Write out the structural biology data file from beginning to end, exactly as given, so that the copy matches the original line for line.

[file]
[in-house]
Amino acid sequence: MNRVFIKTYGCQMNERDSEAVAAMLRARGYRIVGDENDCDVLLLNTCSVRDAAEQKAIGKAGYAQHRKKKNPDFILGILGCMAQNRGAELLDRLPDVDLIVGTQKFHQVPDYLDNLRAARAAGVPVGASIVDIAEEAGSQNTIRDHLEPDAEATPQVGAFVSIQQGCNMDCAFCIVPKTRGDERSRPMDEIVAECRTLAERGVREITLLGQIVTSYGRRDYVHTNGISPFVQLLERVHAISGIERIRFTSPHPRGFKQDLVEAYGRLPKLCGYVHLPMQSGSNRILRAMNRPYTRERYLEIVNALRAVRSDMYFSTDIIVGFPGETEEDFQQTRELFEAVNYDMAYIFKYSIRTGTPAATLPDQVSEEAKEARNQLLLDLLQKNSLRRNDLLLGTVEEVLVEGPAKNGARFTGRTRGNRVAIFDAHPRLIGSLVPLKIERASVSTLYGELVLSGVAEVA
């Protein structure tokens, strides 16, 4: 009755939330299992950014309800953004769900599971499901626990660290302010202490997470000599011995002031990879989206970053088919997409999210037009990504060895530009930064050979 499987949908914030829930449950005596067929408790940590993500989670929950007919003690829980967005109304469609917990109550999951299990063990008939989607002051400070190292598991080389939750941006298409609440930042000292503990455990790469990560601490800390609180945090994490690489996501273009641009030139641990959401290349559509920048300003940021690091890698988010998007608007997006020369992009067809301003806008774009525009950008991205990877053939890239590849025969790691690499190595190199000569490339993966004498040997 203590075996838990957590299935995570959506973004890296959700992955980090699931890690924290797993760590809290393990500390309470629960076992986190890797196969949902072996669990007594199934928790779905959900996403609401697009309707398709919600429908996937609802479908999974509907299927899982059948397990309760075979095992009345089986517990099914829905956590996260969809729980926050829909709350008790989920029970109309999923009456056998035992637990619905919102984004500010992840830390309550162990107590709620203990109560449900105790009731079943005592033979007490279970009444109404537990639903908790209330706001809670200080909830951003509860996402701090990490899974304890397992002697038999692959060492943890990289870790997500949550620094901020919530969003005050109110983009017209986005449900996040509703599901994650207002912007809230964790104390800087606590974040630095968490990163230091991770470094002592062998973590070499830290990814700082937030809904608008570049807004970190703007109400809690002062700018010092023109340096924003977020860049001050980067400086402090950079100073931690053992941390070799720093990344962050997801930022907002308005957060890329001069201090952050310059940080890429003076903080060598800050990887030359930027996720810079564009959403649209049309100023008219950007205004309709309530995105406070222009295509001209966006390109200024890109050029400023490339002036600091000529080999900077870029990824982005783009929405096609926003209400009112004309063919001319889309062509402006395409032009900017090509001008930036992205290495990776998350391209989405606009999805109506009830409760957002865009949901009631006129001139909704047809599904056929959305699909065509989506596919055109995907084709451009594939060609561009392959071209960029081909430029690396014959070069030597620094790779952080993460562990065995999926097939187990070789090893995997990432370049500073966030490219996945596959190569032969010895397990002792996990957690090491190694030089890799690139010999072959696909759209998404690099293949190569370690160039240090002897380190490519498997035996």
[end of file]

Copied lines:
[in-house]
Amino acid sequence: MNRVFIKTYGCQMNERDSEAVAAMLRARGYRIVGDENDCDVLLLNTCSVRDAAEQKAIGKAGYAQHRKKKNPDFILGILGCMAQNRGAELLDRLPDVDLIVGTQKFHQVPDYLDNLRAARAAGVPVGASIVDIAEEAGSQNTIRDHLEPDAEATPQVGAFVSIQQGCNMDCAFCIVPKTRGDERSRPMDEIVAECRTLAERGVREITLLGQIVTSYGRRDYVHTNGISPFVQLLERVHAISGIERIRFTSPHPRGFKQDLVEAYGRLPKLCGYVHLPMQSGSNRILRAMNRPYTRERYLEIVNALRAVRSDMYFSTDIIVGFPGETEEDFQQTRELFEAVNYDMAYIFKYSIRTGTPAATLPDQVSEEAKEARNQLLLDLLQKNSLRRNDLLLGTVEEVLVEGPAKNGARFTGRTRGNRVAIFDAHPRLIGSLVPLKIERASVSTLYGELVLSGVAEVA
């Protein structure tokens, strides 16, 4: 009755939330299992950014309800953004769900599971499901626990660290302010202490997470000599011995002031990879989206970053088919997409999210037009990504060895530009930064050979 499987949908914030829930449950005596067929408790940590993500989670929950007919003690829980967005109304469609917990109550999951299990063990008939989607002051400070190292598991080389939750941006298409609440930042000292503990455990790469990560601490800390609180945090994490690489996501273009641009030139641990959401290349559509920048300003940021690091890698988010998007608007997006020369992009067809301003806008774009525009950008991205990877053939890239590849025969790691690499190595190199000569490339993966004498040997 203590075996838990957590299935995570959506973004890296959700992955980090699931890690924290797993760590809290393990500390309470629960076992986190890797196969949902072996669990007594199934928790779905959900996403609401697009309707398709919600429908996937609802479908999974509907299927899982059948397990309760075979095992009345089986517990099914829905956590996260969809729980926050829909709350008790989920029970109309999923009456056998035992637990619905919102984004500010992840830390309550162990107590709620203990109560449900105790009731079943005592033979007490279970009444109404537990639903908790209330706001809670200080909830951003509860996402701090990490899974304890397992002697038999692959060492943890990289870790997500949550620094901020919530969003005050109110983009017209986005449900996040509703599901994650207002912007809230964790104390800087606590974040630095968490990163230091991770470094002592062998973590070499830290990814700082937030809904608008570049807004970190703007109400809690002062700018010092023109340096924003977020860049001050980067400086402090950079100073931690053992941390070799720093990344962050997801930022907002308005957060890329001069201090952050310059940080890429003076903080060598800050990887030359930027996720810079564009959403649209049309100023008219950007205004309709309530995105406070222009295509001209966006390109200024890109050029400023490339002036600091000529080999900077870029990824982005783009929405096609926003209400009112004309063919001319889309062509402006395409032009900017090509001008930036992205290495990776998350391209989405606009999805109506009830409760957002865009949901009631006129001139909704047809599904056929959305699909065509989506596919055109995907084709451009594939060609561009392959071209960029081909430029690396014959070069030597620094790779952080993460562990065995999926097939187990070789090893995997990432370049500073966030490219996945596959190569032969010895397990002792996990957690090491190694030089890799690139010999072959696909759209998404690099293949190569370690160039240090002897380190490519498997035996």